The Space Reviewin association with SpaceNews
 

 
Ilustration of Shenzhou docking
China gains prestige from the successful flights of manned missions like Shenzhou 6, but that prestige diminishes over time while the risks of failure remain. (credit: Xinhua)

In the service of the Emperor

The Chinese government is not known for placing a high value upon the lives of its citizens. This is not surprising. As Natan Sharansky wrote in The Case for Democracy, authoritarian governments are never known for valuing the lives of their citizens, because they do not depend upon the citizenry for power. Sharansky claims that this makes them dangerous and more warlike, because it’s easier to send your people to the meat grinder when they’re scared of the leaders, and not vice versa.

It was therefore slightly jarring to see the conservatism that went into the Chinese human spaceflight program which started with test flights in 1999 and proceeded very methodically to the launch of Yang Liwei in 2003, and now seems to have slowed down from that deliberate pace. The government went to extraordinary efforts to ensure that Liwei returned intact from his flight, in contrast to earlier Chinese space projects that on several occasions killed numerous citizens on the ground—all hushed up, of course.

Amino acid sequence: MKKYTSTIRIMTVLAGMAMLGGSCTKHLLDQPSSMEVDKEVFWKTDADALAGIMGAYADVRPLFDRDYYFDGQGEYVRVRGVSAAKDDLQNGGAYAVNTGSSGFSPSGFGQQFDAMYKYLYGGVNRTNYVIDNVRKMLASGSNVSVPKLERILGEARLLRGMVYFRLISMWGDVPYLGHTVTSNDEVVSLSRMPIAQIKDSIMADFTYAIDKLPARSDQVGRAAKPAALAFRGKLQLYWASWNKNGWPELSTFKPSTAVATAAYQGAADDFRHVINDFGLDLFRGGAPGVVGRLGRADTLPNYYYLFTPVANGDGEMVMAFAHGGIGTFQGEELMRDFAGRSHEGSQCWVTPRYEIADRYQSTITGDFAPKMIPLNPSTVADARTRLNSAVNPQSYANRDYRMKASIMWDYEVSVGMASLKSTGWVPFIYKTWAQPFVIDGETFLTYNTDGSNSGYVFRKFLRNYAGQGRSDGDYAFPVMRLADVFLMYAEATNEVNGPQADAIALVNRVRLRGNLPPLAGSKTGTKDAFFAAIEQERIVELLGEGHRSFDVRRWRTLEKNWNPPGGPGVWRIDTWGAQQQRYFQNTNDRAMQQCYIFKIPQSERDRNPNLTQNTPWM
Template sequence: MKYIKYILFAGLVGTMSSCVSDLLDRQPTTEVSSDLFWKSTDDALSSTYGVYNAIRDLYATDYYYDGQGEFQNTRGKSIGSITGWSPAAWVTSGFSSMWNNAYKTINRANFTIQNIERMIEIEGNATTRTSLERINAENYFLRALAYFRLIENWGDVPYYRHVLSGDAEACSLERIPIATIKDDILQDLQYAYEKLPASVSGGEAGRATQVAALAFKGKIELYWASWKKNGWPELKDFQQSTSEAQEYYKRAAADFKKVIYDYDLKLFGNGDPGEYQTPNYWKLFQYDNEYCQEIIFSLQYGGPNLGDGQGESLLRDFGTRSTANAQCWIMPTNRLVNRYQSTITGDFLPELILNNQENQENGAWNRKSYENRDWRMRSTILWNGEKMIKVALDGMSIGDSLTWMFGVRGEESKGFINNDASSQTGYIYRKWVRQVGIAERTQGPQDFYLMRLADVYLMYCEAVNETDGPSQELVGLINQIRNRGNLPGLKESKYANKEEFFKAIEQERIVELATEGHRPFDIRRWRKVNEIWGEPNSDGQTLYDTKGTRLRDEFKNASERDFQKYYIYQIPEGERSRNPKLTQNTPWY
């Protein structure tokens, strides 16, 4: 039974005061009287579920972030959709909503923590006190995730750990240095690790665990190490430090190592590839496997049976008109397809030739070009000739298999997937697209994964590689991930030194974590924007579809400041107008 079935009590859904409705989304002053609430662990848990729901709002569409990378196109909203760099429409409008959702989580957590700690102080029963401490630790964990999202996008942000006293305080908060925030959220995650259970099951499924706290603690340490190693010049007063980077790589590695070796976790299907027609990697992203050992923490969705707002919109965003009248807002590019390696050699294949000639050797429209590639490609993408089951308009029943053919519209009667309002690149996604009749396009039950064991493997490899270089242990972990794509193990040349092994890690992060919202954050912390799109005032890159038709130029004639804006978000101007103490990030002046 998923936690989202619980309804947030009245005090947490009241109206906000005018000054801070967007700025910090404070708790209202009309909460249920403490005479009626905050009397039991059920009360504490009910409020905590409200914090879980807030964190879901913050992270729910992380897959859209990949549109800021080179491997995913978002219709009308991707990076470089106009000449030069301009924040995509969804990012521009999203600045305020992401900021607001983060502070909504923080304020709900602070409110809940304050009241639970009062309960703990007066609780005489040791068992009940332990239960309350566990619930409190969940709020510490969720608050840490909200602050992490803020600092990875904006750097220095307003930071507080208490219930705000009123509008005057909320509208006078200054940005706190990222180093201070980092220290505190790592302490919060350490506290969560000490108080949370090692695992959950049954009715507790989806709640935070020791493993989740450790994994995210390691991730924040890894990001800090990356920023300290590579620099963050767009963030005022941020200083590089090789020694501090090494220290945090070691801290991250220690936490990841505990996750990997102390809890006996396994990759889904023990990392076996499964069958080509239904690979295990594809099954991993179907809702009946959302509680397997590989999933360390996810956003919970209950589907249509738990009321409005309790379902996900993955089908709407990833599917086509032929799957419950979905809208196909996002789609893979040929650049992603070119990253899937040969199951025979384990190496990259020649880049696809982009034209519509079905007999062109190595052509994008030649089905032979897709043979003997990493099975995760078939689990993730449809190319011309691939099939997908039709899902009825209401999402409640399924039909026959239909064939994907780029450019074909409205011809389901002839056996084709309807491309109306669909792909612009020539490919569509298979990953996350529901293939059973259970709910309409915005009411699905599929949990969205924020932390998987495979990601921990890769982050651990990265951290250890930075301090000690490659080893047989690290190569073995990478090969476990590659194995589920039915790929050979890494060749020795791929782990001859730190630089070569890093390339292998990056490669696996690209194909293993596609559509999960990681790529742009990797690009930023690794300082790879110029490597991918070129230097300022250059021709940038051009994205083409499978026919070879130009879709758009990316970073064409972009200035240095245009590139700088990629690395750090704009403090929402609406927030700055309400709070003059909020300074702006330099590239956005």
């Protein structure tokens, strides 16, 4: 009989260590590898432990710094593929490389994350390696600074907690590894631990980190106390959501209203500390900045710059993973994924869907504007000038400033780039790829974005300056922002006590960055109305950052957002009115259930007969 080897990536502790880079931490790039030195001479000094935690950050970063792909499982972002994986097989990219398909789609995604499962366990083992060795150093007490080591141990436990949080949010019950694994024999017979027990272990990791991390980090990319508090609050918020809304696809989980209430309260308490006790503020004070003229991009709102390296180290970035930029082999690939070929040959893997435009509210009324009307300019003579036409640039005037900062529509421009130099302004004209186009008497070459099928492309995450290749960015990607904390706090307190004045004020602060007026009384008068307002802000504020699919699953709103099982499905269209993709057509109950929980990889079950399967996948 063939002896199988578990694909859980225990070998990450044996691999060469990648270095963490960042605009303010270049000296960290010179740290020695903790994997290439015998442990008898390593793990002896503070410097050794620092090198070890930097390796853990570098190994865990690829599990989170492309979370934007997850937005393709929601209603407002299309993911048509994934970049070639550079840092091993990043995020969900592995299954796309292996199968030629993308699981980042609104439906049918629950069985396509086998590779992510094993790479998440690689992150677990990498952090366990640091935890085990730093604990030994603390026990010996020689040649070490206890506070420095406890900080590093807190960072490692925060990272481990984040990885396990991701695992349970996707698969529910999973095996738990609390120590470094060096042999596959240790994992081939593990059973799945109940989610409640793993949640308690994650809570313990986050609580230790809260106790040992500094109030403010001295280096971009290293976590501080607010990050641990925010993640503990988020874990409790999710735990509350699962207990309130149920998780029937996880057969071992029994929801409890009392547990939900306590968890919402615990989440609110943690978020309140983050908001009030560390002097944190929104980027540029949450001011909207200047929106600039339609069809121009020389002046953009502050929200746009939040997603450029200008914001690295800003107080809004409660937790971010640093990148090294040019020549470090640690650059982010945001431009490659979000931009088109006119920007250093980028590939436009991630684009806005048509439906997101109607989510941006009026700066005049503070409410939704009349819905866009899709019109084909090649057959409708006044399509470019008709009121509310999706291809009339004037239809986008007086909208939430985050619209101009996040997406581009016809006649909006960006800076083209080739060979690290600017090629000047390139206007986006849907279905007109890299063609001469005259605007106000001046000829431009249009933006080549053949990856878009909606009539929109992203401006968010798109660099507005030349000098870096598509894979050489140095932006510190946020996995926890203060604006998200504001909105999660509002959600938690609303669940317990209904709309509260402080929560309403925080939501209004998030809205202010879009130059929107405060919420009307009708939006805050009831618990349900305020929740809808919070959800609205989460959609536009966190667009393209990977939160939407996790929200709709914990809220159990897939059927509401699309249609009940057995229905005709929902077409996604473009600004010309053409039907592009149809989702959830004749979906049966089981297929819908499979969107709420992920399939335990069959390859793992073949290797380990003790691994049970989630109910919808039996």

For China, human spaceflight reflects directly upon the leadership of the Communist Party. It is meant to enhance their power.

This attitude is similar to that which we now know occurred with the Soviet space program during the height of the Cold War. The Soviets at times took stupid risks with ground personnel working on their rockets, such as allowing launch pad crews to approach fully-fueled rockets that then blew up horrifically. However, they also developed an effective escape system for their cosmonauts, as well as recovery forces and all kinds of other safety systems. The reason is simple: while authoritarian governments can kill hundreds, thousands, or even millions of their citizens on the ground and cover it up, human spaceflight is a highly visible event that occurs on the world stage. Kill a cosmonaut and you cannot keep it secret. Kill a cosmonaut and the leadership looks bad.

What this fact highlights is the close connection between human spaceflight and political power. For China, human spaceflight reflects directly upon the leadership of the Communist Party. It is meant to enhance their power.

The flight of Shenzhou 6 has thrown this relationship into harsh relief. Wu Bangguo, the party’s number two leader, watched the landing at the Beijing control center and remarked, “This will further improve the country’s international status and national strength, and will help to mobilize its people to rally around the Communist Party and work harder for the future of the country.” The New York Times also quoted a Beijing electrician, Li Guoqiang: “It’s really incredible and we’re all filled with pride. It’s about developing and expressing our national strength.”